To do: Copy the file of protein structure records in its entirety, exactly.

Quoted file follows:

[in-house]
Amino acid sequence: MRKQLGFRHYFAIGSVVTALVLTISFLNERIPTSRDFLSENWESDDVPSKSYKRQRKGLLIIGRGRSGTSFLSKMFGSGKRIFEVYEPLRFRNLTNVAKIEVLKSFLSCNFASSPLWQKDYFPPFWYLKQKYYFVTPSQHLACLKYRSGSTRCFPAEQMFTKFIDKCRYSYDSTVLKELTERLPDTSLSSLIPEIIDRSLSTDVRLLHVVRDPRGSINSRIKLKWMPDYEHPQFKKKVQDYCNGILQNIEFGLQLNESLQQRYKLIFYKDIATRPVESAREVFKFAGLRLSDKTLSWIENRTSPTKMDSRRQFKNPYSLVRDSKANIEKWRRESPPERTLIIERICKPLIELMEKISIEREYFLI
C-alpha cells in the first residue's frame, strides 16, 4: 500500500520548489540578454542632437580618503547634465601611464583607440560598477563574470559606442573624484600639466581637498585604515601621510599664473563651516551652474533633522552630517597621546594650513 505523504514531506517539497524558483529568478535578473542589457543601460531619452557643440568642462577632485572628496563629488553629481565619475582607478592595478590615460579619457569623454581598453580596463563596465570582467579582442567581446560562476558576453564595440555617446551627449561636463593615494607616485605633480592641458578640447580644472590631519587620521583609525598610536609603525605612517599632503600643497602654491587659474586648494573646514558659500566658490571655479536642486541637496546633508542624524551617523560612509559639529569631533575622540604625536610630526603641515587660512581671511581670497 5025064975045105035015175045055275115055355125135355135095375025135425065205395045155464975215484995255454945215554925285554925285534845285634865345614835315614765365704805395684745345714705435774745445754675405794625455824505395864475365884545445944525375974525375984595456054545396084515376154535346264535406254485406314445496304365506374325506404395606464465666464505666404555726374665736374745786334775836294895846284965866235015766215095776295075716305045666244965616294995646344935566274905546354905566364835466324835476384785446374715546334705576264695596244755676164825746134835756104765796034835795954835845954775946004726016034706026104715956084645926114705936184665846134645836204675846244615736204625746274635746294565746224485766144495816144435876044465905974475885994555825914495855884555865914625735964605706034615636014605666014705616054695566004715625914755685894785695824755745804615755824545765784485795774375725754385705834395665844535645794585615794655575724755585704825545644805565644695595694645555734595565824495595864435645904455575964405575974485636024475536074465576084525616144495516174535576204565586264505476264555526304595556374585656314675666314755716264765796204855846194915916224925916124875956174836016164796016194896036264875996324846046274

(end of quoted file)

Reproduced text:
[in-house]
Amino acid sequence: MRKQLGFRHYFAIGSVVTALVLTISFLNERIPTSRDFLSENWESDDVPSKSYKRQRKGLLIIGRGRSGTSFLSKMFGSGKRIFEVYEPLRFRNLTNVAKIEVLKSFLSCNFASSPLWQKDYFPPFWYLKQKYYFVTPSQHLACLKYRSGSTRCFPAEQMFTKFIDKCRYSYDSTVLKELTERLPDTSLSSLIPEIIDRSLSTDVRLLHVVRDPRGSINSRIKLKWMPDYEHPQFKKKVQDYCNGILQNIEFGLQLNESLQQRYKLIFYKDIATRPVESAREVFKFAGLRLSDKTLSWIENRTSPTKMDSRRQFKNPYSLVRDSKANIEKWRRESPPERTLIIERICKPLIELMEKISIEREYFLI
C-alpha cells in the first residue's frame, strides 16, 4: 500500500520548489540578454542632437580618503547634465601611464583607440560598477563574470559606442573624484600639466581637498585604515601621510599664473563651516551652474533633522552630517597621546594650513 505523504514531506517539497524558483529568478535578473542589457543601460531619452557643440568642462577632485572628496563629488553629481565619475582607478592595478590615460579619457569623454581598453580596463563596465570582467579582442567581446560562476558576453564595440555617446551627449561636463593615494607616485605633480592641458578640447580644472590631519587620521583609525598610536609603525605612517599632503600643497602654491587659474586648494573646514558659500566658490571655479536642486541637496546633508542624524551617523560612509559639529569631533575622540604625536610630526603641515587660512581671511581670497 5025064975045105035015175045055275115055355125135355135095375025135425065205395045155464975215484995255454945215554925285554925285534845285634865345614835315614765365704805395684745345714705435774745445754675405794625455824505395864475365884545445944525375974525375984595456054545396084515376154535346264535406254485406314445496304365506374325506404395606464465666464505666404555726374665736374745786334775836294895846284965866235015766215095776295075716305045666244965616294995646344935566274905546354905566364835466324835476384785446374715546334705576264695596244755676164825746134835756104765796034835795954835845954775946004726016034706026104715956084645926114705936184665846134645836204675846244615736204625746274635746294565746224485766144495816144435876044465905974475885994555825914495855884555865914625735964605706034615636014605666014705616054695566004715625914755685894785695824755745804615755824545765784485795774375725754385705834395665844535645794585615794655575724755585704825545644805565644695595694645555734595565824495595864435645904455575964405575974485636024475536074465576084525616144495516174535576204565586264505476264555526304595556374585656314675666314755716264765796204855846194915916224925916124875956174836016164796016194896036264875996324846046274